Hacking incidents always dominate the news, and rightfully so. They’re proof that no one is safe, especially when the victim is a major corporation with a sophisticated cybersecurity system. One hack that had a substantial impact on the cybersecurity landscape was the SolarWinds hack.
But unlike other large-scale hacks, the SolarWinds attack’s damages weren’t limited to the company’s finances and reputation. The effects were so widespread that the impact of the hack involved of the US government and its agencies.
What Was the Scale of the Hack?
SolarWinds is a US-based IT company that specializes in developing management software for businesses and government agencies. So, from the get-go, it was clear that any hack would have catastrophic effects beyond SolarWinds' assets and reputation.
It’s safe to say that the SolarWinds corporation itself wasn't the target of the attack, but only the method of attack. SolarWinds reported that just over 18,000 of their clients got infected with the hacker’s malware.
Of the victims, around 20 percent were US government institutions and agencies such as the Department of Homeland Security, the State Department, the National Nuclear Security Administration, and the Department of Energy, among many others.
The remaining 80 percent of victims were private corporations, but they were big players in their industry with their fair share of high-profile clients. The hack affected companies like Cisco, Intel, Deloitte, and Microsoft, as well as some medical institutions, hospitals, and universities.
It’s important to note that the scale of the incident isn’t yet fully known. While the hackers managed to gain access to nearly 20,000 of SolarWinds’ clients, that doesn’t mean they were able to bypass their internal security systems and compromise files and data.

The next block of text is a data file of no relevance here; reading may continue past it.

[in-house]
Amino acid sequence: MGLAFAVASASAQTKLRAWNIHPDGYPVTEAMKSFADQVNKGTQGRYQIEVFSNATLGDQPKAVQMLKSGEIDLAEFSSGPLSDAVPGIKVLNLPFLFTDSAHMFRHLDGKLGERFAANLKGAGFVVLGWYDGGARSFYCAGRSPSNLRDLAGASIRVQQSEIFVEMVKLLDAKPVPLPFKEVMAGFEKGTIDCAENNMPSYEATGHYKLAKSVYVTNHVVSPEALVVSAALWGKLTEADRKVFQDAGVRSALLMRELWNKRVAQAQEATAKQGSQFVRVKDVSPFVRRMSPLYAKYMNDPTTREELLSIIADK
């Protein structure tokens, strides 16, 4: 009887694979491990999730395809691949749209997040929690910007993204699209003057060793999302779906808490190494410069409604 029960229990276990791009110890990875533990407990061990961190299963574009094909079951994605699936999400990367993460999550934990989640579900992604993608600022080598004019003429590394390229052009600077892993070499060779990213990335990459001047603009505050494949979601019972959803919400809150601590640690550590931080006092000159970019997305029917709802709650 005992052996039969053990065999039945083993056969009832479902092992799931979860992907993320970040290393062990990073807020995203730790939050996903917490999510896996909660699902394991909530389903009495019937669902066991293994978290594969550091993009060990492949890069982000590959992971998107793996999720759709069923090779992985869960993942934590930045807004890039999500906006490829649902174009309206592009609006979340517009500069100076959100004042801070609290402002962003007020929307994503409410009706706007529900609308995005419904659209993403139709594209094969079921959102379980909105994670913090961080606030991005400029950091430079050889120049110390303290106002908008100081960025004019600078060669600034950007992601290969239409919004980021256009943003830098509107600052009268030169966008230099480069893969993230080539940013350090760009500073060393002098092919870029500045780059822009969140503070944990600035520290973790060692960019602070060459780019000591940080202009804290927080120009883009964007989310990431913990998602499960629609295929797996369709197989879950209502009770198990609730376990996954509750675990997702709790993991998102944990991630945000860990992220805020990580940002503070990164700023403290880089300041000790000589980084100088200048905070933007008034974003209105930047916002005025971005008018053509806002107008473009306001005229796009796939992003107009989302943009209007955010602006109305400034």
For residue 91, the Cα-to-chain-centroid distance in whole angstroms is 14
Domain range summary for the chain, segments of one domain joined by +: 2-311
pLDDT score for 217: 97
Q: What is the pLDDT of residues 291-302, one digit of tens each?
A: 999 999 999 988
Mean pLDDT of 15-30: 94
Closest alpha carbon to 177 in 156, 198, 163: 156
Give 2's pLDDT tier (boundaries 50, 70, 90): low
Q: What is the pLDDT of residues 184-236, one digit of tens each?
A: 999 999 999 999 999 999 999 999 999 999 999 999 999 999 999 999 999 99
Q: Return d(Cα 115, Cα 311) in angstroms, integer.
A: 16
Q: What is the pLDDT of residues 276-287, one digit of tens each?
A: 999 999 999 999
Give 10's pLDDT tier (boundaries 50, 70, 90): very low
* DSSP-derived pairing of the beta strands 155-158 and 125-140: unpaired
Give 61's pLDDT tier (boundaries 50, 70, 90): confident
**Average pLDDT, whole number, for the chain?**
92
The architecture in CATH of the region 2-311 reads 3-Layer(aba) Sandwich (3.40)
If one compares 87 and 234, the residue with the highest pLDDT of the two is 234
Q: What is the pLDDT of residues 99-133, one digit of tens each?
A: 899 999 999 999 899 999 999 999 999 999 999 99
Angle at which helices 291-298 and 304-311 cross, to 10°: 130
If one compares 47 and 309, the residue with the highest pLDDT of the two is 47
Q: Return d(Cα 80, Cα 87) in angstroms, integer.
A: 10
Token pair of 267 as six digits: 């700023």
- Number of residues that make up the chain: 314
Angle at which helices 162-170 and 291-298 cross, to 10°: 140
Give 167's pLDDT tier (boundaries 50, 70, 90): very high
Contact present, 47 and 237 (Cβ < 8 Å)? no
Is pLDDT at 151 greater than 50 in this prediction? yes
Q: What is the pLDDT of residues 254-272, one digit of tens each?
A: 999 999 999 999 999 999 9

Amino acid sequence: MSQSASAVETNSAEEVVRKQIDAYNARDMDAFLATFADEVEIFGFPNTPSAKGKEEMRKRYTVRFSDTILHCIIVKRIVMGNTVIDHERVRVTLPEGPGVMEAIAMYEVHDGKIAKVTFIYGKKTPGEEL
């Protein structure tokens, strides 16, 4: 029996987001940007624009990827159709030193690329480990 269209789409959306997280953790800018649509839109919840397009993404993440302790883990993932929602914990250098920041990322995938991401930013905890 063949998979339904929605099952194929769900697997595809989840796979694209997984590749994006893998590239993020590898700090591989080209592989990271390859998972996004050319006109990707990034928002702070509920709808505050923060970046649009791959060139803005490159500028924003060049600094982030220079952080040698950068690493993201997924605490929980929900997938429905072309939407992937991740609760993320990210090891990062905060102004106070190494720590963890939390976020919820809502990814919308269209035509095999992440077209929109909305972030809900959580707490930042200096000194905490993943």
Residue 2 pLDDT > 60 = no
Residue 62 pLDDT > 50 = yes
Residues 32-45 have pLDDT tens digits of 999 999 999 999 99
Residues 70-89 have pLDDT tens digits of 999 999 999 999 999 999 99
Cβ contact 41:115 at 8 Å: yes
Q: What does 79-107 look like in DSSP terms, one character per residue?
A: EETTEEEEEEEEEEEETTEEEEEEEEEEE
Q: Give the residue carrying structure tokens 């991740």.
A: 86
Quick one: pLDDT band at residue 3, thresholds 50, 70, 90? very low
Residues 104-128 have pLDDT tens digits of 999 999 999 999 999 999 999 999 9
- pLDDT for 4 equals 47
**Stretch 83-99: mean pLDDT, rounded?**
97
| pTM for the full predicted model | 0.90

For instance, Microsoft was able to detect the intrusive malware in their environment and isolate it in time. They reported no evidence of compromised or leaked customer data from the attack, allowing them to escape it mostly unscathed.
But not everyone was this lucky. The hackers managed to force their way into dozens of emails belonging to high-ranking officials in the American Treasury Department and possibly, the department’s cloud properties.
What Makes the SolarWinds Hack Different?
Often, a hacking incident is the result of a failed security system or inside collaboration. But that wasn’t the case for the thousands of companies that fell victim to the SolarWinds hack, dubbed Sunburst.
The hackers only needed to get around SolarWinds’ cybersecurity. They then proceeded to add malicious code into one of the company’s most used software services, Orion. The hacking incident was stealthy and nondestructive, allowing it to slip under SolarWinds’ radar and stay there for months.
The code spread itself to other clients by hitching a ride on one of the regular software updates that SolarWinds sends out to its clients. There, the malicious code set up a backdoor for the hackers, allowing them to install even more invasive malware and spy on their targets and leak any information they deemed important.
The Sunburst hack set a precedent for who companies can and cannot trust when it comes to cybersecurity. After all, software updates are supposed to come with bug fixes and security upgrades to keep your systems safe from exploited vulnerabilities and gaps.